The Real Bread Campaign is part of Sustain: The alliance for better food and farming.
It is funded by membership fees, donations and charitable grants.
The key element of this support is our book Knead to Know: the Real Bread starter, the introductory guide to success in bringing Real Bread to your local community.
Over more than 140 pages, this book gives you information on business models, legislation, money matters, equipment, ingredients, basic recipes, techniques, voluntary apprenticeships, courses, equipment and ingredient suppliers, further reading, and much more..
As a taster of the sort of thing you can find in Knead to know, please have a scout around this page and the rest of our site.
Elsewhere on the web
A bakehouse is the place in which the baking takes place. It is interchangeable with the word bakery, though the latter often refers to the retail as well as production area.
What is a suitable space for you depends upon the type and volume of products you’ll be baking and your business model. A bakhouse doesn't have to be round the back of a high street shop. It could be:
Jane Mason of virtuousbread.com also suggests:
You can find a whole chapter on the bakehouse in Knead to Know.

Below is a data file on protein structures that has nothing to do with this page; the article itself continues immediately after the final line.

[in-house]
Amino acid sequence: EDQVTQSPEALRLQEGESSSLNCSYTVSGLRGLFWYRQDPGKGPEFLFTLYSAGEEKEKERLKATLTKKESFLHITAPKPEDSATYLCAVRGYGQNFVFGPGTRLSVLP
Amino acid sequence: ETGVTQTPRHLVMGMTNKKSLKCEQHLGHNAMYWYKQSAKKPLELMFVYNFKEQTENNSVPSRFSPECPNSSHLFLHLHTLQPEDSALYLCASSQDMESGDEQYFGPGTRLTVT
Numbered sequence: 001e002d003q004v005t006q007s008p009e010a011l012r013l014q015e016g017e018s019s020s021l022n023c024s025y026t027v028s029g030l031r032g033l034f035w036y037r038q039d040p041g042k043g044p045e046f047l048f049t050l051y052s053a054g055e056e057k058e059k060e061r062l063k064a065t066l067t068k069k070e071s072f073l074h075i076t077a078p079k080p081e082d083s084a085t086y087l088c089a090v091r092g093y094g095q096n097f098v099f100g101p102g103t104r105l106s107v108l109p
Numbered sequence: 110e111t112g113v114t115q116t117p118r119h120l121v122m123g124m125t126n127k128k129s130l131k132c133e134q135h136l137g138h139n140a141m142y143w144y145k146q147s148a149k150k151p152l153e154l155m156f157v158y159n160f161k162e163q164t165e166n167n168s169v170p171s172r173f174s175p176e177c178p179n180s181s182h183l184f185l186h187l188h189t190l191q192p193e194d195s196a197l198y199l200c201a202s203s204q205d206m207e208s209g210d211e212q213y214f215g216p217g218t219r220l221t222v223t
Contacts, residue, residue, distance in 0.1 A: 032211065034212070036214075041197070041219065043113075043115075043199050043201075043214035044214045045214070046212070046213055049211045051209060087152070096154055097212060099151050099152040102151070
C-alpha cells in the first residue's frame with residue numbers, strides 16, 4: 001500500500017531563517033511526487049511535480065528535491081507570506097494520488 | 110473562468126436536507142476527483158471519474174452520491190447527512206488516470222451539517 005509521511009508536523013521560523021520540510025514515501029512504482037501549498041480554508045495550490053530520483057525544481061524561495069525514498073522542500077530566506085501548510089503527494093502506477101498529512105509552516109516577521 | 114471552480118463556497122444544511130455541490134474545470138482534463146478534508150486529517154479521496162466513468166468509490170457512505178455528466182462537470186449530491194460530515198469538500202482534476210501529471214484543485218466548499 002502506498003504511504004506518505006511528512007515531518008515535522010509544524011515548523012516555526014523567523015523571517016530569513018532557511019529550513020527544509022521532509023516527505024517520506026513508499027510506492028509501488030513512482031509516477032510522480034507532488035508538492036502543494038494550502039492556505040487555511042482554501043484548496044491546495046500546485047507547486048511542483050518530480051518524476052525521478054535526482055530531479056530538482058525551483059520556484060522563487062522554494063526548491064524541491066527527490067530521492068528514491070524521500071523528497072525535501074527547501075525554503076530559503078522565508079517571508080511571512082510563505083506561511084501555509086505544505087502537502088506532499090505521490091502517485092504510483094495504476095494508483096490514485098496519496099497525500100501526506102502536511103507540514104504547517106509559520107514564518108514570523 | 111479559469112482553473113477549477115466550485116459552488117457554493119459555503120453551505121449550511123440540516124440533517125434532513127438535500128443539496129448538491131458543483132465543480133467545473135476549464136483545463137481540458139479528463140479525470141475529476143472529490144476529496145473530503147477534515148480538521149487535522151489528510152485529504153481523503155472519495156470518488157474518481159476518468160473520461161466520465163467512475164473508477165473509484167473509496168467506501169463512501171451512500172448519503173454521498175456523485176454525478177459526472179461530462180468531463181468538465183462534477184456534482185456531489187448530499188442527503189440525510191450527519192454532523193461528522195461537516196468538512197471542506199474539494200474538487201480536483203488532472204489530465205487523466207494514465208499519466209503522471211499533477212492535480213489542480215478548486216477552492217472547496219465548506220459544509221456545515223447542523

We are always interested in finding baking colleges and other organisations that do or are willing to develop officially accredited courses in baking Real Bread professionally.
As all of those we have come across are geared towards the needs of their main customers - supermarkets and other larger bakery chains that use additives, to date we have yet to find any that offer any courses that are totally additive-free.
In the meantime, please visit our courses page, which includes some that offer professional training.
If your college does offer courses in professional Real Bread baking, we'd love to hear from you and to add your details to our courses page, so please contact us.
'...all the emails flying around have helped me enormously. I would like to thank each and everyone of you for joining in and helping struggling novices like myself; I feel really honoured to be part of this bread community.' Jo Bottrill, Jo's Loaves
Real Bread Campaign supporters have exclusive access to The Real Baker-e. This online forum allows you to post messages, advertise job vacancies (or offer services), equipment, and chat with fellow supporters.
For access, join us today.
We cover much of the legislation relevant to the small indepedent Real Bread baker in Knead to Know. The following are either not in the book or have changed since its publication.
NB We are unable to give further advice, so if you require any, please contact the relevant department of your local authority.
You can find more information at:
In this section:
In 2011, the European Parliament published Regulation (EU) No. 1169/2011 on the provision of food information to consumers (EU FIC). In the UK, these are to be read in conjunction with the Food Information Regulations 2014 (FIR 2014).
The changes most likely to affect small, independent Real Bread bakeries are around non-prepacked foods and food prepacked for direct sale (eg bread sold at a bakery or by the baker at a farmers' market) on the communication of: